Part of my quiet time every morning is given to reading a short section of some devotional book. Recently I’ve deeply enjoyed David McLaughlan’s No Ordinary People: The Unknown Men & Women of the Bible.
The religion of Christianity is full of extraordinary beliefs: that an invisible God created the entire universe; that this God became a man who lived and died on earth; that this dead man was resurrected to live forever; that we too, through belief in Him, gain eternal life, and can look forward to a heaven with no suffering, only joy and love; and so on.
The reason it is so vital for Christians to focus on the ordinary is that the Christian life cannot be understood in extraordinary terms. Who was looking for the Messiah to be born as a baby in a manger? Or who could have expected that He would die the common death of a criminal? If we’re looking for the extraordinary, we’ll miss the hand of God.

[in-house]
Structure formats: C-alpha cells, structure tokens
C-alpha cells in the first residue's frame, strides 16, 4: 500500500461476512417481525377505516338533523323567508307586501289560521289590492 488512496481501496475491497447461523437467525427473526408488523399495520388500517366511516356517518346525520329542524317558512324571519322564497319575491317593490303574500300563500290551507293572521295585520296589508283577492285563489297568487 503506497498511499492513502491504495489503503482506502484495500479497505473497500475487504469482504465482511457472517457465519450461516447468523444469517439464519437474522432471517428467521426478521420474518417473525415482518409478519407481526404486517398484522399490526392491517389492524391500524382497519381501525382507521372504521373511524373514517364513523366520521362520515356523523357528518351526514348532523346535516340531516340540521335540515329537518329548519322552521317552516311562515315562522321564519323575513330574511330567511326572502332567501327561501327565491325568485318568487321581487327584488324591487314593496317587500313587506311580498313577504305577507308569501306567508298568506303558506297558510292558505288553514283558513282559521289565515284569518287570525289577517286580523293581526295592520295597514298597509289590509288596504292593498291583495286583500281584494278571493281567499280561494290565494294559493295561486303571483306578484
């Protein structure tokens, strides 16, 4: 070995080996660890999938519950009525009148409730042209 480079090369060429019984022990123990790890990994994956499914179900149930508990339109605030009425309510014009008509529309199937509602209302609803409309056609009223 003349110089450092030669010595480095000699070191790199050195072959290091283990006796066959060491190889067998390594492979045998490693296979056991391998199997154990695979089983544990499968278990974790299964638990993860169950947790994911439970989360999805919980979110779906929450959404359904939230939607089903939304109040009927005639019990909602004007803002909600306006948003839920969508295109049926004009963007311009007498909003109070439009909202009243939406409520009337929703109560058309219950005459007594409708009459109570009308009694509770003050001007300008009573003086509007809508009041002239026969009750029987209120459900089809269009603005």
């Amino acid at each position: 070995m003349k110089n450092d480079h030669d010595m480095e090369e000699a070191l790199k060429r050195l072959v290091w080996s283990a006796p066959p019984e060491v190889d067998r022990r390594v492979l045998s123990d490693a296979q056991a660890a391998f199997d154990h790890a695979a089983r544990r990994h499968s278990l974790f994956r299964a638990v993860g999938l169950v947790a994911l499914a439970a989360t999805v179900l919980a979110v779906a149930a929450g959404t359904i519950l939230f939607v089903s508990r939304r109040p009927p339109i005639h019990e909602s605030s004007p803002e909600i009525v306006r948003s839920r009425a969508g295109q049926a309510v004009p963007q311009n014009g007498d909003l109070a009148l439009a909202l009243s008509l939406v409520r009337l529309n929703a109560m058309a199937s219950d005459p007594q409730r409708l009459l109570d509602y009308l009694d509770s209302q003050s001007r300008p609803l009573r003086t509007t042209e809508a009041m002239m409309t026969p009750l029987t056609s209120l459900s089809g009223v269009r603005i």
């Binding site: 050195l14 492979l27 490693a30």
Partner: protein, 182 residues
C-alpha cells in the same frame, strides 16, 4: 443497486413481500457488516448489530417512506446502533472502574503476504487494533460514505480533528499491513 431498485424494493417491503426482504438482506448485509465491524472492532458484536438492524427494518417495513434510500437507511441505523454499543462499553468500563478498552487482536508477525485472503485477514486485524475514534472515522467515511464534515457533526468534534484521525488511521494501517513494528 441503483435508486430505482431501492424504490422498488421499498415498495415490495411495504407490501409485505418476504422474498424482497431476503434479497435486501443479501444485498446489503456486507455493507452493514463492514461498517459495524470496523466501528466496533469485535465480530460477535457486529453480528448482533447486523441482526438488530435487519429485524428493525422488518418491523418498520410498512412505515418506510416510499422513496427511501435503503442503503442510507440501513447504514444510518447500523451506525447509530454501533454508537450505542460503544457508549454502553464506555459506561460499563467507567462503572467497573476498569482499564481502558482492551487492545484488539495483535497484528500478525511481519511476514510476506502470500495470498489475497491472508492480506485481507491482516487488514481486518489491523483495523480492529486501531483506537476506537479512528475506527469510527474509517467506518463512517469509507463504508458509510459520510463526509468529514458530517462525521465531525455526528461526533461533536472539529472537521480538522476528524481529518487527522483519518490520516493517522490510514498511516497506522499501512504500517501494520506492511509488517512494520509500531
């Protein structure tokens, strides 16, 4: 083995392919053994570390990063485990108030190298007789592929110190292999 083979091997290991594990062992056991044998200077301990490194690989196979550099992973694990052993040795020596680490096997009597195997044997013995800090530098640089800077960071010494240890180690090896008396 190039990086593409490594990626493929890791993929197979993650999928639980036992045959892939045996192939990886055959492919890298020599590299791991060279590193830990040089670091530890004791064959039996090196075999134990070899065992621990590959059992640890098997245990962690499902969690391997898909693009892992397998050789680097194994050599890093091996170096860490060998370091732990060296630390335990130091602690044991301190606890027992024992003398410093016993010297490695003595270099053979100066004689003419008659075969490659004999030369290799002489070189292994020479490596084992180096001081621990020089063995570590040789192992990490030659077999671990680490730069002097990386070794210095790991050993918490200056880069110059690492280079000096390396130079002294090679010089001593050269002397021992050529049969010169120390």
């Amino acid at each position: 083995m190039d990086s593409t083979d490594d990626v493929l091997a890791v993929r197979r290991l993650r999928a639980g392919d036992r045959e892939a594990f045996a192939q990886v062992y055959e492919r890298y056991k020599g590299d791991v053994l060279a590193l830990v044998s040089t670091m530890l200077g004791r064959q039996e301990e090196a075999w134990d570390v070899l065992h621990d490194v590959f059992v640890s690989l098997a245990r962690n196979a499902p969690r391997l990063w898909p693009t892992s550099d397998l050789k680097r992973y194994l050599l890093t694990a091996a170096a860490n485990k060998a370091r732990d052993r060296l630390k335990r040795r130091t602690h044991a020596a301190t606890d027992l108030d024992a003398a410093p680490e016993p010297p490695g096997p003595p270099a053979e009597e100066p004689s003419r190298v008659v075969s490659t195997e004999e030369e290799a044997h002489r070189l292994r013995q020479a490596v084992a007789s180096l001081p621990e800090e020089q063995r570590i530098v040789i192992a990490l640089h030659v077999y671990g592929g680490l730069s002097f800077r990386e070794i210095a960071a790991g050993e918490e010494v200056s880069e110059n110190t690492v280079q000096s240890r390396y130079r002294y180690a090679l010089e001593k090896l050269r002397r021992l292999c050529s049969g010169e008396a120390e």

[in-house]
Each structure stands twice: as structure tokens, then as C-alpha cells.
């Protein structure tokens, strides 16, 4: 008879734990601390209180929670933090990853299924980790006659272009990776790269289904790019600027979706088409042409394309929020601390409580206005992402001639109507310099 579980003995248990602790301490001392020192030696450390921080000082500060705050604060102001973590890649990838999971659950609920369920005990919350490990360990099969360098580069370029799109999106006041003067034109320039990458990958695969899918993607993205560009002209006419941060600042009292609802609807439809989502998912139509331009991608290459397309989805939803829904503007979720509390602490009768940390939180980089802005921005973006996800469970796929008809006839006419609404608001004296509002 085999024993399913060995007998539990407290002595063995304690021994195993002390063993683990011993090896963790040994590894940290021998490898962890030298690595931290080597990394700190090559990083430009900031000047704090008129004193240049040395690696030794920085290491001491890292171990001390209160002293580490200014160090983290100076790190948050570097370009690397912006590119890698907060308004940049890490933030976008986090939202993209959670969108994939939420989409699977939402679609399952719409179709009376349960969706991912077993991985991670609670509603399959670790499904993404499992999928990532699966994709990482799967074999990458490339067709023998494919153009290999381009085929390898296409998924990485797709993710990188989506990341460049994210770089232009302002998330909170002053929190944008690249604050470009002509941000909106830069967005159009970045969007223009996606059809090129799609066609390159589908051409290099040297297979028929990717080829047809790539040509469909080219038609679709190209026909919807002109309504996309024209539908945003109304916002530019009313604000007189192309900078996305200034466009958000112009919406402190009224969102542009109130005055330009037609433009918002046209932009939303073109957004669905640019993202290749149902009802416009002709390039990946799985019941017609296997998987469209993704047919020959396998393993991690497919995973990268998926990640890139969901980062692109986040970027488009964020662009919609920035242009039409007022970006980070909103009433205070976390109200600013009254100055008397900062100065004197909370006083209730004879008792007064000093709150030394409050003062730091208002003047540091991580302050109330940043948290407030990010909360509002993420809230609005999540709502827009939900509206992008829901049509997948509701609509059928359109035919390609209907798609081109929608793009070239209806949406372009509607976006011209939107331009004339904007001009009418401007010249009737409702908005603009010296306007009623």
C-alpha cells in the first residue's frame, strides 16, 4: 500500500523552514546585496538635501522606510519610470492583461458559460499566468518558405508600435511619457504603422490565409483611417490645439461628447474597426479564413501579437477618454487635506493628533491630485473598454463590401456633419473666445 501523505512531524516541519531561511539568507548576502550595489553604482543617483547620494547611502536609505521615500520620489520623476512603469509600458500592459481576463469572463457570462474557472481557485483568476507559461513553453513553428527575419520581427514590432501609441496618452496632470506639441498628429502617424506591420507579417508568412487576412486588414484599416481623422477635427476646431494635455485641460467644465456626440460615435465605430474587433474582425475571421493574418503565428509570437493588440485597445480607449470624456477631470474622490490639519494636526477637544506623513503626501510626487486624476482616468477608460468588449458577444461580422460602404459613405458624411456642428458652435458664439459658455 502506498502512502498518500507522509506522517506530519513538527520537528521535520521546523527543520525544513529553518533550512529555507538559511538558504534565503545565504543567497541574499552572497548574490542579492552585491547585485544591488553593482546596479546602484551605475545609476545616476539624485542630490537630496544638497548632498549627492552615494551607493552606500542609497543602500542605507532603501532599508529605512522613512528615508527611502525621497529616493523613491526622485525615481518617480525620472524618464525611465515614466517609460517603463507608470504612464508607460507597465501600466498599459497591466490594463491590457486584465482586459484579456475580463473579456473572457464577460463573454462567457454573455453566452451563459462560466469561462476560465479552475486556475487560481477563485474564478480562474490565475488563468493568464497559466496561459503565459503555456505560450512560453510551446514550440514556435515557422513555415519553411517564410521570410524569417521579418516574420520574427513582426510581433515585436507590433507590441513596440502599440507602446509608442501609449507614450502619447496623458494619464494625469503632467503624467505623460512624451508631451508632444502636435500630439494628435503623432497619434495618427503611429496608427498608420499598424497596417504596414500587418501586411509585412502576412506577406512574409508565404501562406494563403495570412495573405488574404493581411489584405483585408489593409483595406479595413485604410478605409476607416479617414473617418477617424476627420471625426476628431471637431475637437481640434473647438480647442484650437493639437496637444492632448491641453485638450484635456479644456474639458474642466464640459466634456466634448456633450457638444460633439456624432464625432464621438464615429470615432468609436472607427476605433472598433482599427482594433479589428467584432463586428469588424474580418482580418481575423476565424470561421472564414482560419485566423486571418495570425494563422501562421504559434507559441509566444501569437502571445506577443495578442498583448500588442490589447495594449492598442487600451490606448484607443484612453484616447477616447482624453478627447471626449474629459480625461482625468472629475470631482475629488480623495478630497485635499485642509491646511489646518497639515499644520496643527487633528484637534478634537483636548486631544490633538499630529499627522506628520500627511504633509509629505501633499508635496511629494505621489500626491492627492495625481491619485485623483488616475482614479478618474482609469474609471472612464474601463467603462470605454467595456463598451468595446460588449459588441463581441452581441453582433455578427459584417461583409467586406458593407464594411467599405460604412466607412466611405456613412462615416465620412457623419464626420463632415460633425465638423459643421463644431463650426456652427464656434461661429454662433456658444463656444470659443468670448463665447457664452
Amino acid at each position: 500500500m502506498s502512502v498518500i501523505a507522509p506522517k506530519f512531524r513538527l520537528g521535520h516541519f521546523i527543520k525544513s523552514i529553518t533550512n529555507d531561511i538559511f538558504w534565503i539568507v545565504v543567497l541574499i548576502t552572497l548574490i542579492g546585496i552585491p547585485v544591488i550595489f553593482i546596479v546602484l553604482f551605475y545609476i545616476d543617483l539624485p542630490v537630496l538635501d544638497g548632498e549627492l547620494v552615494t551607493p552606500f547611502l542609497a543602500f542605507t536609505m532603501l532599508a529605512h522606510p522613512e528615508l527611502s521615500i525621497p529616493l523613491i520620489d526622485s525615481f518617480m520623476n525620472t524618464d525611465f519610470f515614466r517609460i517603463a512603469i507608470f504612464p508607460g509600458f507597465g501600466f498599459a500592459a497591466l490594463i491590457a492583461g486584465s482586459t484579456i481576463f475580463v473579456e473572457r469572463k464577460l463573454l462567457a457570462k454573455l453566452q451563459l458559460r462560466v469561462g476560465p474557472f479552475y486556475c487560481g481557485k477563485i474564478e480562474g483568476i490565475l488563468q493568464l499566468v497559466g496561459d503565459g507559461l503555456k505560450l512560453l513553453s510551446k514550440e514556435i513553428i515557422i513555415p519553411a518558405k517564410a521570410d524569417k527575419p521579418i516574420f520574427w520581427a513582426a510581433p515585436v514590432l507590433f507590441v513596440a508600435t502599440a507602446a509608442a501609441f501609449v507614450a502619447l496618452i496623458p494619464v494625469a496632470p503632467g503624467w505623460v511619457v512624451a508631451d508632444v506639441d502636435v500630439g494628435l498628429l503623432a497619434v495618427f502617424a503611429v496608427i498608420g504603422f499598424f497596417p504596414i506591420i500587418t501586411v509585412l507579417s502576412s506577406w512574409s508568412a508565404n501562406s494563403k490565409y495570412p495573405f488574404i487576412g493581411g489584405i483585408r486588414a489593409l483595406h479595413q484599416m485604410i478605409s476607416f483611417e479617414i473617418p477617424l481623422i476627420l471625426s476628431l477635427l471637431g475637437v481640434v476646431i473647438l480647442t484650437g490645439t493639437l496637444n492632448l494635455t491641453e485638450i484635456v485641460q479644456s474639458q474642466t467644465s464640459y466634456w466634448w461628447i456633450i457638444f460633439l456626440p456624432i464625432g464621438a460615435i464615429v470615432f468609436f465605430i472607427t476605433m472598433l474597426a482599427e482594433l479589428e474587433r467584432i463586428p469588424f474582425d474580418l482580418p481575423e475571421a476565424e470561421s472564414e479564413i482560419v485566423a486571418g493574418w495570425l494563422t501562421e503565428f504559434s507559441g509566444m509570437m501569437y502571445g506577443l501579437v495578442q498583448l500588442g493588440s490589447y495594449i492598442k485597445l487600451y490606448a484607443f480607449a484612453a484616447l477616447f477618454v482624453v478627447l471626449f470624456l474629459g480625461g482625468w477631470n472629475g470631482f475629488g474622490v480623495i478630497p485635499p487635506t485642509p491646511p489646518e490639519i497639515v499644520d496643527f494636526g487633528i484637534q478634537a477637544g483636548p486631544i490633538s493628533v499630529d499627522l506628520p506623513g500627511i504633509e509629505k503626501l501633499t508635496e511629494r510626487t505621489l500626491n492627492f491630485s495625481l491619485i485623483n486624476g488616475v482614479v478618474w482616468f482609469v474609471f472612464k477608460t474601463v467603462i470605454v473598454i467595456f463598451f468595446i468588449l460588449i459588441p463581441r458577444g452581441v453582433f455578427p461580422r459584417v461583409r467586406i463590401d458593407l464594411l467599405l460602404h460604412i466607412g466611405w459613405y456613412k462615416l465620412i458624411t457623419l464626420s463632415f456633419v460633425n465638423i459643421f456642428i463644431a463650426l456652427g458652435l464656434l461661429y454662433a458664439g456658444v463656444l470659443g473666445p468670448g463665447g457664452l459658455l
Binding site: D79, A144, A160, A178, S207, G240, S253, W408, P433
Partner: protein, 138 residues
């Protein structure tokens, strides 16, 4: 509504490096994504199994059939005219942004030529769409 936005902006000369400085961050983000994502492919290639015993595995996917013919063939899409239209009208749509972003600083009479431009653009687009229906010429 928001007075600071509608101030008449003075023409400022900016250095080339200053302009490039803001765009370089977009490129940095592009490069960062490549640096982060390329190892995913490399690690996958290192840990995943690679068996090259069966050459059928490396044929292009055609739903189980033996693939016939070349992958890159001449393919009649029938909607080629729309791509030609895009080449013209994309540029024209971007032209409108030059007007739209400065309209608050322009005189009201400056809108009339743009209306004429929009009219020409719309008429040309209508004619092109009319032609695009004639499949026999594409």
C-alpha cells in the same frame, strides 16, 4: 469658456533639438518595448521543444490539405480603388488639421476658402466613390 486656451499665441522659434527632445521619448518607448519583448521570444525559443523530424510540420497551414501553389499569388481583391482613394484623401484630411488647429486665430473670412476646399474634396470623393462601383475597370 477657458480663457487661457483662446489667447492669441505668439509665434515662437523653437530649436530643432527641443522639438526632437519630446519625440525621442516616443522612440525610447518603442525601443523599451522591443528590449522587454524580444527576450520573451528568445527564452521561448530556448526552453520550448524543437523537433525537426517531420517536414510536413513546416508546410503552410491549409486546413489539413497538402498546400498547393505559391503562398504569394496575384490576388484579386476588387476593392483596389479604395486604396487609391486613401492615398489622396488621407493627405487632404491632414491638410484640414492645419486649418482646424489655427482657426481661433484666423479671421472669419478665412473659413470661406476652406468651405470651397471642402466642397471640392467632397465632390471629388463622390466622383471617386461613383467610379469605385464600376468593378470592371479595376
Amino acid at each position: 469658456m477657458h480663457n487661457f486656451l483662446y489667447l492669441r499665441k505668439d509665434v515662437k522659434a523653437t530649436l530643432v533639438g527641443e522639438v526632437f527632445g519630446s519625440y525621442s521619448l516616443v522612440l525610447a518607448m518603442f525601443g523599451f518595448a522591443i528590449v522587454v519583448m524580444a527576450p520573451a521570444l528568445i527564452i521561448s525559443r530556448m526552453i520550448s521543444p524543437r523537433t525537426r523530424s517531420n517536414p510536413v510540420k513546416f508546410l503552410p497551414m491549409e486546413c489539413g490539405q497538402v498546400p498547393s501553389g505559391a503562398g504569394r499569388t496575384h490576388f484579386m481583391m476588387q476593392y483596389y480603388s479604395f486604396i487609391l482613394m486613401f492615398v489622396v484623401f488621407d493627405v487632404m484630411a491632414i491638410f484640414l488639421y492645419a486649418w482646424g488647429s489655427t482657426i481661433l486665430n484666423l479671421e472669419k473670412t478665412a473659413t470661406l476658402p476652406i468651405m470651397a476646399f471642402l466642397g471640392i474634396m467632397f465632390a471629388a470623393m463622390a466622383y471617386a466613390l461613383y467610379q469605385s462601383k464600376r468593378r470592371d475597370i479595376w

We have this expression ‘living life to the full’. But how can we live life to the full when life is, apparently, so full of mundane things and unremarkable events?
A friend who appreciates my books once told me, “What I love about your writing is its quality of ordinariness.” He went on to elaborate, but unfortunately I missed all he said because I was so struck by that one word: ordinariness. I knew exactly what he meant, and rather than being offended, I was deeply flattered.